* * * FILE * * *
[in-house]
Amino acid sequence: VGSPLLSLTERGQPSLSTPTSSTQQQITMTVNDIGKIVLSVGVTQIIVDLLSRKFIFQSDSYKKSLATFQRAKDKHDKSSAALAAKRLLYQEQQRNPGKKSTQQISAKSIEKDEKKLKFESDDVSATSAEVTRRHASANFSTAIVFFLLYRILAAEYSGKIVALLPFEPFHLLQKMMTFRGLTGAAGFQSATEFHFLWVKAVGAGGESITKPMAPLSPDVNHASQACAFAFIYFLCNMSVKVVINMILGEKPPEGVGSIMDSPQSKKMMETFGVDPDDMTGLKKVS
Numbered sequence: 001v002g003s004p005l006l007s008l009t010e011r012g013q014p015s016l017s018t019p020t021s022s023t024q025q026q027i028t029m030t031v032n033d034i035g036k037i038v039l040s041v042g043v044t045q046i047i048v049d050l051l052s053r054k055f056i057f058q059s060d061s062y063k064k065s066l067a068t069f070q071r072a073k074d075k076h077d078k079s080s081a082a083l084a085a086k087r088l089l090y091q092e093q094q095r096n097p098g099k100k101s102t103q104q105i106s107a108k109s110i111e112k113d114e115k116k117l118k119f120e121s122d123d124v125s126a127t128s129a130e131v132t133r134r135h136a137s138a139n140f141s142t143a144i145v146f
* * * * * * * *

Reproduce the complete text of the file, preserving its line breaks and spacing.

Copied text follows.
[in-house]
Amino acid sequence: VGSPLLSLTERGQPSLSTPTSSTQQQITMTVNDIGKIVLSVGVTQIIVDLLSRKFIFQSDSYKKSLATFQRAKDKHDKSSAALAAKRLLYQEQQRNPGKKSTQQISAKSIEKDEKKLKFESDDVSATSAEVTRRHASANFSTAIVFFLLYRILAAEYSGKIVALLPFEPFHLLQKMMTFRGLTGAAGFQSATEFHFLWVKAVGAGGESITKPMAPLSPDVNHASQACAFAFIYFLCNMSVKVVINMILGEKPPEGVGSIMDSPQSKKMMETFGVDPDDMTGLKKVS
Numbered sequence: 001v002g003s004p005l006l007s008l009t010e011r012g013q014p015s016l017s018t019p020t021s022s023t024q025q026q027i028t029m030t031v032n033d034i035g036k037i038v039l040s041v042g043v044t045q046i047i048v049d050l051l052s053r054k055f056i057f058q059s060d061s062y063k064k065s066l067a068t069f070q071r072a073k074d075k076h077d078k079s080s081a082a083l084a085a086k087r088l089l090y091q092e093q094q095r096n097p098g099k100k101s102t103q104q105i106s107a108k109s110i111e112k113d114e115k116k117l118k119f120e121s122d123d124v125s126a127t128s129a130e131v132t133r134r135h136a137s138a139n140f141s142t143a144i145v146f